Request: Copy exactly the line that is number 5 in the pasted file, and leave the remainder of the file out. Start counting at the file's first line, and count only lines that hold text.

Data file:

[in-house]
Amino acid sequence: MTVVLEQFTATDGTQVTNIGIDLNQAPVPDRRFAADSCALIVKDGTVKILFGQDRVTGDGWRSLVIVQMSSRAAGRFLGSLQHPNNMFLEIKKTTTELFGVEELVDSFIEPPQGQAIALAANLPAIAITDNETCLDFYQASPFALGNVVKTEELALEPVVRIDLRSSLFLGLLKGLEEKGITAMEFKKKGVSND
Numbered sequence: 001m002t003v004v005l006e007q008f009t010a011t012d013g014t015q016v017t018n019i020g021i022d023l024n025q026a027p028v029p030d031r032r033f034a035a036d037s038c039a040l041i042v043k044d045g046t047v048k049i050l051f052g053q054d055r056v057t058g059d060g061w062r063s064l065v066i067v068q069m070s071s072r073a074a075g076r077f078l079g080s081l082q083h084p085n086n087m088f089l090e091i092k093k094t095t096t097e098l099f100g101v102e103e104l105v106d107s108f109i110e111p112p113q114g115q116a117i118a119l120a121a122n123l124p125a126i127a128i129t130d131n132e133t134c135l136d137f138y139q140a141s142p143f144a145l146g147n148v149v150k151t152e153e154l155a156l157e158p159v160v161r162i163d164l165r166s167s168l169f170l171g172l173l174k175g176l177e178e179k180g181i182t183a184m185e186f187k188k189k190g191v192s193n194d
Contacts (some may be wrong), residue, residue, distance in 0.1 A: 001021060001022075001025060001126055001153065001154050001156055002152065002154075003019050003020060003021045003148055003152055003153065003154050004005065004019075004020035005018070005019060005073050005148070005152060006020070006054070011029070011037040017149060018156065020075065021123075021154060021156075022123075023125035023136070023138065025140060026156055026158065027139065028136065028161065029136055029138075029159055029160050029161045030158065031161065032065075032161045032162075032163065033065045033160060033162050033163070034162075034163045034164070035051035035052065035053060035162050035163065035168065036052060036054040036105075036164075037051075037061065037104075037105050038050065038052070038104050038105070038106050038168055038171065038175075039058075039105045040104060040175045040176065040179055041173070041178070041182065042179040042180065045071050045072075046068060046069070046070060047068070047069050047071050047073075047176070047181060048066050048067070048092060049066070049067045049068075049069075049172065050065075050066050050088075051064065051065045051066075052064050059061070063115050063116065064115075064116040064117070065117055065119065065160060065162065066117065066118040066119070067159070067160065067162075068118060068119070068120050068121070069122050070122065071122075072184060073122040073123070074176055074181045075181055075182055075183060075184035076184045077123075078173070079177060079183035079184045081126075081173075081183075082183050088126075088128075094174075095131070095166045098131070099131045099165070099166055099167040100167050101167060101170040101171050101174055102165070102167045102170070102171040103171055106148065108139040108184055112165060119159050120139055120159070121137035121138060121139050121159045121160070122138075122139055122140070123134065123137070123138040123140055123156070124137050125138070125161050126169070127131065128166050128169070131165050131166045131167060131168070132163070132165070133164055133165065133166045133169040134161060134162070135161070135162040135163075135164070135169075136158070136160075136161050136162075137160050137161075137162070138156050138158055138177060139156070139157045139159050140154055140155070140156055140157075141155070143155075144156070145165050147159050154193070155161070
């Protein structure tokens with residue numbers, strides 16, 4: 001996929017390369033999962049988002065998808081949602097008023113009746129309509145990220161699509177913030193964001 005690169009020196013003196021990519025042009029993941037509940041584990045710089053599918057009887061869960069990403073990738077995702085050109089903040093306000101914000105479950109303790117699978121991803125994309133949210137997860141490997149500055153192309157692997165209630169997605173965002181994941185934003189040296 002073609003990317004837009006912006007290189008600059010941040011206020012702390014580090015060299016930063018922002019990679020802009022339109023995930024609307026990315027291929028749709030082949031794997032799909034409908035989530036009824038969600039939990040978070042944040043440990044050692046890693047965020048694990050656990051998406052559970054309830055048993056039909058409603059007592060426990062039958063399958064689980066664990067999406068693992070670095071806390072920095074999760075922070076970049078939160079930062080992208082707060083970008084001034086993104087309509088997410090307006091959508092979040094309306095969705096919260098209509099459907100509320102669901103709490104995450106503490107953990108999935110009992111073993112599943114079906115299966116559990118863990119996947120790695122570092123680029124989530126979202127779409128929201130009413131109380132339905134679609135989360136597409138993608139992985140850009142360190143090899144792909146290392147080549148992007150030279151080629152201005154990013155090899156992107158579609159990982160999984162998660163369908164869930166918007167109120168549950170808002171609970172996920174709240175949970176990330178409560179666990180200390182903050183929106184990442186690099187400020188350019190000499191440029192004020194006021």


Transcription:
């Protein structure tokens with residue numbers, strides 16, 4: 001996929017390369033999962049988002065998808081949602097008023113009746129309509145990220161699509177913030193964001 005690169009020196013003196021990519025042009029993941037509940041584990045710089053599918057009887061869960069990403073990738077995702085050109089903040093306000101914000105479950109303790117699978121991803125994309133949210137997860141490997149500055153192309157692997165209630169997605173965002181994941185934003189040296 002073609003990317004837009006912006007290189008600059010941040011206020012702390014580090015060299016930063018922002019990679020802009022339109023995930024609307026990315027291929028749709030082949031794997032799909034409908035989530036009824038969600039939990040978070042944040043440990044050692046890693047965020048694990050656990051998406052559970054309830055048993056039909058409603059007592060426990062039958063399958064689980066664990067999406068693992070670095071806390072920095074999760075922070076970049078939160079930062080992208082707060083970008084001034086993104087309509088997410090307006091959508092979040094309306095969705096919260098209509099459907100509320102669901103709490104995450106503490107953990108999935110009992111073993112599943114079906115299966116559990118863990119996947120790695122570092123680029124989530126979202127779409128929201130009413131109380132339905134679609135989360136597409138993608139992985140850009142360190143090899144792909146290392147080549148992007150030279151080629152201005154990013155090899156992107158579609159990982160999984162998660163369908164869930166918007167109120168549950170808002171609970172996920174709240175949970176990330178409560179666990180200390182903050183929106184990442186690099187400020188350019190000499191440029192004020194006021």